This fundamental position is the one that inspires me the most and one that I look for in any tradition or practice that I explore.
Just recently I discovered a new poet, Kenneth Koch. He was a friend and colleague of John Ashbery and part of the so-called New York School of Poetry of which he once said “Maybe you can almost characterize the poetry of the New York School as having as one of its main subjects the fullness and richness of life and the richness of possibility and excitement and happiness.”
To this line I want to say, "Amen."
Yes life is so full and so rich, even if is An Unexciting Life, as the title of one of my favorite books describes it. The book is on Benedictine spirituality and its Introduction begins:
Some years ago I read a quotation from a letter of Gustave Flaubert, creator of Madame Bovary, which could easily serve as a summary of one aspect of the spirituality that stems from the Rule of St. Benedict. As I remember it, the text ran: "Be regular and ordinary in your life, like a bourgeois, so that you may violent and original in your work." What he seems to be be saying is that the price paid for the release of the inner spark of creativity is low impact living: the renunciation of superficial excitement, passive entertainment and mindless celebrity. In other words, exterior dullness is a condition of inner excitement. To describe this happy state I coined the phrase "creative monotony."
For us who live in a sensate society dominated by an appetite for excitement, no matter how vacuous its source, the preferential option for a quiet life may seem a little peculiar. No doubt in the midst of the helter skelter of a busy life, the idea of an oasis of silence has a certain appeal, but relatively few of us seriously consider building into our lives the values by which Benedict lived.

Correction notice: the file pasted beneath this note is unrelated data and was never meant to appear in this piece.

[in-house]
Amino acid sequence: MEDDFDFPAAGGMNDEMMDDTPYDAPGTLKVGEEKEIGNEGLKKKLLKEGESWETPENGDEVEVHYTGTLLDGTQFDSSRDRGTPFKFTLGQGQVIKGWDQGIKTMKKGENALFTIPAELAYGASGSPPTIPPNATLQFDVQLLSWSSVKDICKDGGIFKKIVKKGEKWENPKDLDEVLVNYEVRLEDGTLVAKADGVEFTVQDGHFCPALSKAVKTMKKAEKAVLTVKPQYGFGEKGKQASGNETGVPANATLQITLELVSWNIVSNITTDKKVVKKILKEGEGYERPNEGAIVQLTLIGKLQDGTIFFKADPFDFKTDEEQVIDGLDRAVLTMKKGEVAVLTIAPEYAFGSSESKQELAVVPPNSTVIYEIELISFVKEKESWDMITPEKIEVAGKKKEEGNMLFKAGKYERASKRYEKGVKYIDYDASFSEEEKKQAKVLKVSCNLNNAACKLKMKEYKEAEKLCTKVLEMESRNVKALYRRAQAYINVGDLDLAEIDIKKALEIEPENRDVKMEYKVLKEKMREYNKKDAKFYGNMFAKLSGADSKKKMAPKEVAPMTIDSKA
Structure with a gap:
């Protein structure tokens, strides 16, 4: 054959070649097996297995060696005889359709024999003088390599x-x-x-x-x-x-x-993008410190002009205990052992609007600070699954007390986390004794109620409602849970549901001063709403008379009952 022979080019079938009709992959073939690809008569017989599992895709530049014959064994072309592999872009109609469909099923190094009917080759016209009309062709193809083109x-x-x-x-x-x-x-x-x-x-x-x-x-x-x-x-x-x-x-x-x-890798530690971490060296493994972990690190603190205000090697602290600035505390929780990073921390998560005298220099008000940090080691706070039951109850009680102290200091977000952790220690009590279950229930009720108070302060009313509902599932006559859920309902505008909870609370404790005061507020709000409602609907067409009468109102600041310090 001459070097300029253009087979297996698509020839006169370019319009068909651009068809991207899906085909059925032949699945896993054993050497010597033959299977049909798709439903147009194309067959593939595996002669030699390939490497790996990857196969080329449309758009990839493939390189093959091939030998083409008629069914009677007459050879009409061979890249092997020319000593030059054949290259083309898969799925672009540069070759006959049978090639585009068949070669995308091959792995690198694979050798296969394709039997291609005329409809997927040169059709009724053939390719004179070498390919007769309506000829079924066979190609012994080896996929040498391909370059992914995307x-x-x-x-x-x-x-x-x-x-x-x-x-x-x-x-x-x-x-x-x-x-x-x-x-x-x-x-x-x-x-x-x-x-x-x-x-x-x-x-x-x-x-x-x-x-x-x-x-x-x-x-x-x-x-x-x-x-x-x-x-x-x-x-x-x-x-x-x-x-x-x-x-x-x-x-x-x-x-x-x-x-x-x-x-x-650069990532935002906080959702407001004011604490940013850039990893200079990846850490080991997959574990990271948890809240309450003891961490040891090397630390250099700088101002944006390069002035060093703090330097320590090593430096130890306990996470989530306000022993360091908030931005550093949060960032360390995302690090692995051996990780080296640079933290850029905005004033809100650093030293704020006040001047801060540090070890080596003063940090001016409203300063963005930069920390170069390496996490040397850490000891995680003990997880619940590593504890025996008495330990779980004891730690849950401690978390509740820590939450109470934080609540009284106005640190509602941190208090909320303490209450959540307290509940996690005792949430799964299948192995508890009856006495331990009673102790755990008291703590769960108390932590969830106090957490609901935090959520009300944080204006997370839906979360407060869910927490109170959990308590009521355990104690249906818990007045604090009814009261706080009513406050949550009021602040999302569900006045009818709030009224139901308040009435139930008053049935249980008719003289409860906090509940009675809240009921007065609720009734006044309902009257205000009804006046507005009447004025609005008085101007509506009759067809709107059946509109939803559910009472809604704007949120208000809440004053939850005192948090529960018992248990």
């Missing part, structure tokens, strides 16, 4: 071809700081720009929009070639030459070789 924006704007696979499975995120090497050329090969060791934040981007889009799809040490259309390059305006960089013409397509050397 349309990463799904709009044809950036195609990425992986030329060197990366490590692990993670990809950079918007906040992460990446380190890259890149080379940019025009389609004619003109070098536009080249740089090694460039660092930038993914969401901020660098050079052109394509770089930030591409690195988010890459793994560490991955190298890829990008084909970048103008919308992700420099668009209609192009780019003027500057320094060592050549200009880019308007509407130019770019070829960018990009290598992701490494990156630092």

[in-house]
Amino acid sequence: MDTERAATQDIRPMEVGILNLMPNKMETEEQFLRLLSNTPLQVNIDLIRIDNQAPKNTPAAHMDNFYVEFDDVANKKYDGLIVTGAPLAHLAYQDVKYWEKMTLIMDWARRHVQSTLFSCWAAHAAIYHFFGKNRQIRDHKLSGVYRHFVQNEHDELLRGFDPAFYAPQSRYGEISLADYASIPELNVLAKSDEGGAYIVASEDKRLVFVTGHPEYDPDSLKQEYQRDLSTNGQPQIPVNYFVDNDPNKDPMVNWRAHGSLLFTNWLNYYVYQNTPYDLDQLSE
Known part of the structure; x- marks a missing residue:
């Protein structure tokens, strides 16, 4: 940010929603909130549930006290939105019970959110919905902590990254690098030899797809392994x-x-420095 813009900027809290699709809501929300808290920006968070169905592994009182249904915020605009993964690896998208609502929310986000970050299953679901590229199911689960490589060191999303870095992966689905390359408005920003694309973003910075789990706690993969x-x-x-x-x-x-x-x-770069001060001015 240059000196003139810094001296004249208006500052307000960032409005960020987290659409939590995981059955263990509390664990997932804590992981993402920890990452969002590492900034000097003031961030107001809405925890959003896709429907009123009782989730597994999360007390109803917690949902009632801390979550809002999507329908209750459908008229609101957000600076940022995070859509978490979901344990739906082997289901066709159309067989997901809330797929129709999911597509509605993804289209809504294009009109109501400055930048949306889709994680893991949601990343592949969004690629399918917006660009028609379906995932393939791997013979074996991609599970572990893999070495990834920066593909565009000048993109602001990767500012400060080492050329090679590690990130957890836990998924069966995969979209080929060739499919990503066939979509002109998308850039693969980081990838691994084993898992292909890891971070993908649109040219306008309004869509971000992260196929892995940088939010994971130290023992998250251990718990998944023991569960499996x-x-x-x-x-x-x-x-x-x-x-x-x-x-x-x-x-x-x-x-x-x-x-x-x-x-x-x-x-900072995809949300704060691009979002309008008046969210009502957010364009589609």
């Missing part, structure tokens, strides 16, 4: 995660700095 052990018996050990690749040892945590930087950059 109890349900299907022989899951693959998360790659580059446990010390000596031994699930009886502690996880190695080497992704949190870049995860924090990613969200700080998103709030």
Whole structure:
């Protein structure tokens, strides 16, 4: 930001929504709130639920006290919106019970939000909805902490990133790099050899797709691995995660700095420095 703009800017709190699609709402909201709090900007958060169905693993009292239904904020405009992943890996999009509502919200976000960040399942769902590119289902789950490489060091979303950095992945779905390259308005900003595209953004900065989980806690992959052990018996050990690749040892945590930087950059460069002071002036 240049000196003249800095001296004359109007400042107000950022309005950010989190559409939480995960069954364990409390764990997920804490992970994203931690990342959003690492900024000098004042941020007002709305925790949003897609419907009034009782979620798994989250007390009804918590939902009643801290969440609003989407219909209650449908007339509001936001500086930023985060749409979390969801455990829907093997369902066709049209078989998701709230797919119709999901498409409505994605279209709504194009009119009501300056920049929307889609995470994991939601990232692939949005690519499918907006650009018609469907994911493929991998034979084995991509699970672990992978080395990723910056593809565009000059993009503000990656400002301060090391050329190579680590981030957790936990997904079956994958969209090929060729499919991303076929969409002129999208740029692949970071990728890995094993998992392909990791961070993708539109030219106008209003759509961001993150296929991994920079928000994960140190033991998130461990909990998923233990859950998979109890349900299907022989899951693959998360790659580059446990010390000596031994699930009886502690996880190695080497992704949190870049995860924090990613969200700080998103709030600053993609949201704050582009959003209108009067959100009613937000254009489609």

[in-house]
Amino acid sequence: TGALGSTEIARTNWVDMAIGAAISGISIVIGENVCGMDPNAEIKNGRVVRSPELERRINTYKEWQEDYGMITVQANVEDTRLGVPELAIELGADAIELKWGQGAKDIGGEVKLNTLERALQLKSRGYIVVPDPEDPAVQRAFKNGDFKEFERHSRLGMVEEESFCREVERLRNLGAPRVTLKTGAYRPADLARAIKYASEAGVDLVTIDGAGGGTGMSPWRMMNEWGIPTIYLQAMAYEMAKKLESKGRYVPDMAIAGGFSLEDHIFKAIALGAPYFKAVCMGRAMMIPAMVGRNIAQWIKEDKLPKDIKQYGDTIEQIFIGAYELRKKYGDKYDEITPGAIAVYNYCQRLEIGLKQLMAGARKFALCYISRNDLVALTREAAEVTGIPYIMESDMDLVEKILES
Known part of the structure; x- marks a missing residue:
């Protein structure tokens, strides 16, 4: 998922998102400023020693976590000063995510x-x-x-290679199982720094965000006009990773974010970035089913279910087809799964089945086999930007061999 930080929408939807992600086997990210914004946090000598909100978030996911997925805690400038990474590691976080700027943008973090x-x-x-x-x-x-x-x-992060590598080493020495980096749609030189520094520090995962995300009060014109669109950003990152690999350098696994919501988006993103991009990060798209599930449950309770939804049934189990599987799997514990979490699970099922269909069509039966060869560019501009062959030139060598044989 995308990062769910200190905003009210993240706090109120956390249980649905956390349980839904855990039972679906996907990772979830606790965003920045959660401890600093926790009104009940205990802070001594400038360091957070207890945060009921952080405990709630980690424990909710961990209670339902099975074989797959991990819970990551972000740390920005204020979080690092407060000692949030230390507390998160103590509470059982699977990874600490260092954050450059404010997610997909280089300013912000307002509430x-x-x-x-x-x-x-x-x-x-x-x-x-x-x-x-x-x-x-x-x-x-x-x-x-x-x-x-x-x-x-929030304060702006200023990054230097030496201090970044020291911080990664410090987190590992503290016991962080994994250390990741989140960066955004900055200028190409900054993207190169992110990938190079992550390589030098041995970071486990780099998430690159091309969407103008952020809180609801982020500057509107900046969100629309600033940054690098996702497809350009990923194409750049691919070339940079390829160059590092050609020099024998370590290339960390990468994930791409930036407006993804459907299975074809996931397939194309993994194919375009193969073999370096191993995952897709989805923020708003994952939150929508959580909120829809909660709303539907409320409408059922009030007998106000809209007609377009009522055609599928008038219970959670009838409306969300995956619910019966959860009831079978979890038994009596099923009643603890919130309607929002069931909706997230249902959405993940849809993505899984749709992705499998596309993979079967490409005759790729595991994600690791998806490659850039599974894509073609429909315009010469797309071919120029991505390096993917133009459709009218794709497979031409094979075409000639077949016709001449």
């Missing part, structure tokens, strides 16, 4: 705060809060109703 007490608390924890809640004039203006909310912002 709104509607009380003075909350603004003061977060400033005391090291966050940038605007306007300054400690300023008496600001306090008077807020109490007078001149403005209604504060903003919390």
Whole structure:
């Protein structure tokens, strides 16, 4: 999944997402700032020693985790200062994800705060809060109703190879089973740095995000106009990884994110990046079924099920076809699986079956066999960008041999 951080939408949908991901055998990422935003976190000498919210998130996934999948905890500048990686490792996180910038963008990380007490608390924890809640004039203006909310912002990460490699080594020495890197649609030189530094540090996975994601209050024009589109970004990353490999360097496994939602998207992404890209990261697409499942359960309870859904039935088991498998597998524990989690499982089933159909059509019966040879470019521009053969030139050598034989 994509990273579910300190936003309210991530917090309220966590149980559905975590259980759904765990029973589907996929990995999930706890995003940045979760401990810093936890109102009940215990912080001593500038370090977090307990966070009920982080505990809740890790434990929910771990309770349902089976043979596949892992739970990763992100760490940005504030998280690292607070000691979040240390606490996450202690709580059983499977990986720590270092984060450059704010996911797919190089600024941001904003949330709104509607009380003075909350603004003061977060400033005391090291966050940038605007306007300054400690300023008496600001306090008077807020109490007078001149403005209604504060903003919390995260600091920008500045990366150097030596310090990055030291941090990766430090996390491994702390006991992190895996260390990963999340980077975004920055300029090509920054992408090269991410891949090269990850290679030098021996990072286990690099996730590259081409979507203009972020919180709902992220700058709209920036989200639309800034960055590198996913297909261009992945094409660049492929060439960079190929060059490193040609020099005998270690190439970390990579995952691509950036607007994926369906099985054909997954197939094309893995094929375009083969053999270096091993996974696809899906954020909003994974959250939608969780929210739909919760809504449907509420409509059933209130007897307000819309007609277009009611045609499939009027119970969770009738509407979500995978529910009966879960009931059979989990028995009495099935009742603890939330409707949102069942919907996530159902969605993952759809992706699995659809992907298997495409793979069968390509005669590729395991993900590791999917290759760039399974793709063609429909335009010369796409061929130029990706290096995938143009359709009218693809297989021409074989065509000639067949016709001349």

This reluctance derives, in part, from a misunderstanding of the nature of the unexciting life. The serenity envisaged by the Benedictine motto pax (peace) is not the deathly stillness of a stagnant swamp where nothing ever happens, nor is it the lassitude resulting from the abandonment of all ideals and the dodging of every challenge. The outward call, the nurtures inward growth is the fruit of a well disciplined life pursued through many years, and of battle-scarred victory in many struggles."
While everything I know and read about and listen to in regard to a Yeshiva is that they are not places of quiet or serenity, but they are places that offer something very different from the "sensate society dominated by an appetite for excitement, no matter how vacuous its source."
In future posts I will explore what Michael Casey says in An Unexciting Life, as well as other views that say a powerful Yes!